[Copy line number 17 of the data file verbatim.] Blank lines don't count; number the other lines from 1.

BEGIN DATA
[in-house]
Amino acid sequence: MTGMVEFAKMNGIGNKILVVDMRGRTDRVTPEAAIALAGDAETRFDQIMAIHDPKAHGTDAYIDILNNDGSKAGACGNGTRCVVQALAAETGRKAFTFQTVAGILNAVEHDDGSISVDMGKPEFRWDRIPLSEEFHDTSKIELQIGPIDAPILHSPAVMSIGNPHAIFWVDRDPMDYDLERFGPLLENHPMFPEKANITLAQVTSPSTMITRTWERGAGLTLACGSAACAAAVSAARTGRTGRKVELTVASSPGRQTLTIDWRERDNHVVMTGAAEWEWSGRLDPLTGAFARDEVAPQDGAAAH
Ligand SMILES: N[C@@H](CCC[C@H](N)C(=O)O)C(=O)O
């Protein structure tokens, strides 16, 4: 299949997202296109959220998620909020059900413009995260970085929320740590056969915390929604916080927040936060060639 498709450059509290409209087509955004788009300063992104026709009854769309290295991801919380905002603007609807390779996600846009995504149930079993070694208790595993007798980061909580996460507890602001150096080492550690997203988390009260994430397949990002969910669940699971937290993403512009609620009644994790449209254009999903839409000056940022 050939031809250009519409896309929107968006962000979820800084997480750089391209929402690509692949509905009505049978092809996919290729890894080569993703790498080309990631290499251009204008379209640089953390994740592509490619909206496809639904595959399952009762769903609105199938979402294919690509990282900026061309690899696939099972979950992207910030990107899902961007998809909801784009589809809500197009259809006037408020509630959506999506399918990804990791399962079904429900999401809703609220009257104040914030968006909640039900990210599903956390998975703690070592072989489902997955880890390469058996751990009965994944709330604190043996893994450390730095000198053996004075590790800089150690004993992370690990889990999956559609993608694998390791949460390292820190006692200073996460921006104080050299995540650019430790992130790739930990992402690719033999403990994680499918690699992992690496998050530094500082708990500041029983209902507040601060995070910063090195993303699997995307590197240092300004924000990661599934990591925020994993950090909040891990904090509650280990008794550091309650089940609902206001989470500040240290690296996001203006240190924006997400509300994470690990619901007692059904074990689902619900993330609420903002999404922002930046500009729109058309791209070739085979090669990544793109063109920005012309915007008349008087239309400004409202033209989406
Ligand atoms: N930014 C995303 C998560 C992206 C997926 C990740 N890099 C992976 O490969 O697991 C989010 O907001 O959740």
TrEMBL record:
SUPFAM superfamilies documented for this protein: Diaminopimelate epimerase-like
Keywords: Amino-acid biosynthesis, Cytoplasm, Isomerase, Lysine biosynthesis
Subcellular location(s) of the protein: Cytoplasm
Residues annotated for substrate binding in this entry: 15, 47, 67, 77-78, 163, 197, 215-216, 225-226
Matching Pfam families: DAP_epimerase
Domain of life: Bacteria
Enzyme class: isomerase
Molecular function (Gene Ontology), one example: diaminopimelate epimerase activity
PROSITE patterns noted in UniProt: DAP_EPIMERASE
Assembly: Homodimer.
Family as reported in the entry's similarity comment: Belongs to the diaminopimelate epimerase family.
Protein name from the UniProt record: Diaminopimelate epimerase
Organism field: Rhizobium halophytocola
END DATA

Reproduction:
Family as reported in the entry's similarity comment: Belongs to the diaminopimelate epimerase family.